Roman as F*ck

Trigger warnings: spiritual abuse

Age 3.

It comes nearly every night, advancing like low-flung fog as blood runs cold: an amorphous, shadowy figure, approaching from the depths of my pillow, growing and growing until I wake, sweating through my pillow and clutching fistfuls of bedsheet.


"How are you?"

I felt the usual frustration at the question, paralyzed at the prospect of trying to distill the dread, stubborn hope, and devastating ambivalence I felt into words. "The same," I shrugged. "I feel... the same."

My therapist crossed her legs and tapped her lips with her index and forefinger. During our conversations, she often seemed to be fighting off a smile, not always successfully.

"What?" I asked, popping the lid of my travel mug open, and then closed again.

"It's just interesting." She cocked her head and examined me. "Your emails were really... playful. Light. But in person, you have almost no affect. You're completely flat."

"You're flat!" I choked, and stomped out of her office to my car, where I ate a whole thing of sour patch kids.

She was right, of course. I had long ago noticed this "flatness," and it extended perhaps further than my therapist realized. It was not just a disconnect between internal feeling and external expression, but a muting of the emotions themselves. I didn't just look flat, I felt it.

I felt it during chapel, when my peers, with raised hands and a holy glaze in their eyes, sang worship songs; in social situations, amidst the loud, confident jokes, spontaneous laughter and easy flirting; at karaoke bars, watching people shamelessly butcher their favorite songs. I felt it, especially, when people danced; watching a friend of mine in a crowd, with hooded eyes and animal hips, her arms twin serpents teasing the air. That we were the same species seemed an absurdity. The ease with which she inhabited her body and the heedless, instinctual way she carved out space were completely alien to me. I loved her for it and hated myself for having no access to it. It seemed like everyone around me was responding to life, welcoming it uncritically, while I held up a hand and narrowed my eyes, demanding ID and at least three character references.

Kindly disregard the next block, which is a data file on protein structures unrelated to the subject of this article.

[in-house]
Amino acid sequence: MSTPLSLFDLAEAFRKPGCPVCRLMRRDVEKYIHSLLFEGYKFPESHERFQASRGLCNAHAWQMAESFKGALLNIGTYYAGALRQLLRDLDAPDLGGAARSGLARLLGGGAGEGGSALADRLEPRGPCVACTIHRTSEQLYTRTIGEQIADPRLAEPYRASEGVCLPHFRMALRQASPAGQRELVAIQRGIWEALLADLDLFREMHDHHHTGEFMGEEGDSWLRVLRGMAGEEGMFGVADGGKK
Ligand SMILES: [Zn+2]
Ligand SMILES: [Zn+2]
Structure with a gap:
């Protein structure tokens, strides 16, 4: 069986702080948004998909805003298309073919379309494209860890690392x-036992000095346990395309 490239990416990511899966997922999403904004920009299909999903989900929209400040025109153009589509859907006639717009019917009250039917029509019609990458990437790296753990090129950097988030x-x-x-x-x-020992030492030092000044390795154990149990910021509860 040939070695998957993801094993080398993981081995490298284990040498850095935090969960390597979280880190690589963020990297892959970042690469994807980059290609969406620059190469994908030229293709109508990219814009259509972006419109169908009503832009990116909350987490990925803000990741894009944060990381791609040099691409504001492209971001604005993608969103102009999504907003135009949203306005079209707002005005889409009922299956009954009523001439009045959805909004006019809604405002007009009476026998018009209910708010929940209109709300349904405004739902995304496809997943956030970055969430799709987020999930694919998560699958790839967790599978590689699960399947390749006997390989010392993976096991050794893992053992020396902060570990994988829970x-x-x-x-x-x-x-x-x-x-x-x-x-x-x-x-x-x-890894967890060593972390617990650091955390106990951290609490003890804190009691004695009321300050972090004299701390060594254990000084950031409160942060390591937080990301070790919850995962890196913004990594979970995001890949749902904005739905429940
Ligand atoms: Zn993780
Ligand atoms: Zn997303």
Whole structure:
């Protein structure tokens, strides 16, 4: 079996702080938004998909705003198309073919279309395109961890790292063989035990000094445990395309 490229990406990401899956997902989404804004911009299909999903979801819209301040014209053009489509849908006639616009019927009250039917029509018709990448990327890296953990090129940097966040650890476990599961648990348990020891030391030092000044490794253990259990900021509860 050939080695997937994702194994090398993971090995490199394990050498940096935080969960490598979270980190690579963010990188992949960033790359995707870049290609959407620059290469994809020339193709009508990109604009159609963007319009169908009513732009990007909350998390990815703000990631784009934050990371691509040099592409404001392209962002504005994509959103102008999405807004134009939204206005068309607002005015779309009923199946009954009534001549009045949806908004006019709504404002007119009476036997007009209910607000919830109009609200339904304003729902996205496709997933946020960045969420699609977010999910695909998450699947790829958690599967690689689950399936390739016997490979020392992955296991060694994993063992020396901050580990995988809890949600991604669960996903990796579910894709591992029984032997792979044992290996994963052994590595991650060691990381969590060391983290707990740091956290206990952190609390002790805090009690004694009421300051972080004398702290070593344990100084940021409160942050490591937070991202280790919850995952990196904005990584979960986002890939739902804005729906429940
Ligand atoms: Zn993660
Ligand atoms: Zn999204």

There are moments when another human being speaks a truth that unlocks something inside you. It can be an almost ecstatic experience, when that dim awareness in your gut blinks awake, shocked to hear its name on the lips of a stranger.

For me it was a college Shakespeare class. I had a terrific professor, and his lectures on Antony and Cleopatra, in particular, gave me words for something I had always felt inside myself but had never articulated. The central theme of the play, according to him, was the tension between Rome and Egypt. Rome represented duty, self-control, reason, and order. Egypt was passion, spontaneity, pleasure and chaos. Masculine vs feminine. West vs East. Mind vs body. The Roman bias at my private, Christian college was pronounced, and my professor knew this. He smiled and gently suggested that Egypt, too, had something to offer: "A world without boundaries and self-control may be unhealthy and dissipating, but a world without joy, physicality, and pleasure is hollow and bankrupt." The resistance in the room was palpable, but I was rapt.

"Shit," I realized with sudden clarity. "I'm Roman as fuck."

The first time I got drunk was the summer after my sophomore year. It was Mike's Hard Lemonade or some such garbage, and I slapped my knee repeatedly and laughed at my sensory impairment. "It's like I'm skipping frames," I said, slapping and slapping, until I threw up ramen noodles under a tree.

It was my first summer away from home, and my friends and I filled it with Blockbuster rentals, premium malt beverages, and clove cigarettes. We piled into my buddy's Aerostar minivan and drove to an empty subdivision. He popped the back open, cued My Morning Jacket, Drive-By Truckers, or John Prine, and we drank and smoked and wondered what Salinger was up to, out in his cabin.

I found I enjoyed getting drunk, that alcohol was a sort of cheat code. It allowed me to loosen my grip, to live life for a moment instead of relentlessly analyzing it. My jaw unclenched, my shoulders slackened, I felt more confident and at ease with my limbs. Quicker to laugh, more open to the buzz and thrum of desire. I was, improbably, fun.

I met a girl a named Carrie. She had good taste in music and books, a dimpled chin, and a habit of rolling her eyes; at me, especially. We sat next to each other on a couch in a room full of people and I had never been so conscious of another body. She ballooned out of all proportion in my periphery. She was giant, mysterious, containing worlds of possibility. I was a lousy flirt, but somehow we ended up on the soccer field with a blanket and a six-pack of High Life. She was the first girl I ever kissed.

But I could never escape Rome for long. After that night, I was racked with self-loathing and shame. I didn't know if I wanted to date Carrie, let alone marry her! Therefore, our rendezvous was all hunger and need; physical, selfish, base. It was classic Roman hubris: centering my honor and intention, oblivious to her autonomy, disdainful of the physical and emotional need that both of us felt. But I didn't know that then. I squared my shoulders and spoke my Roman vows anew. I promised myself I would never go back.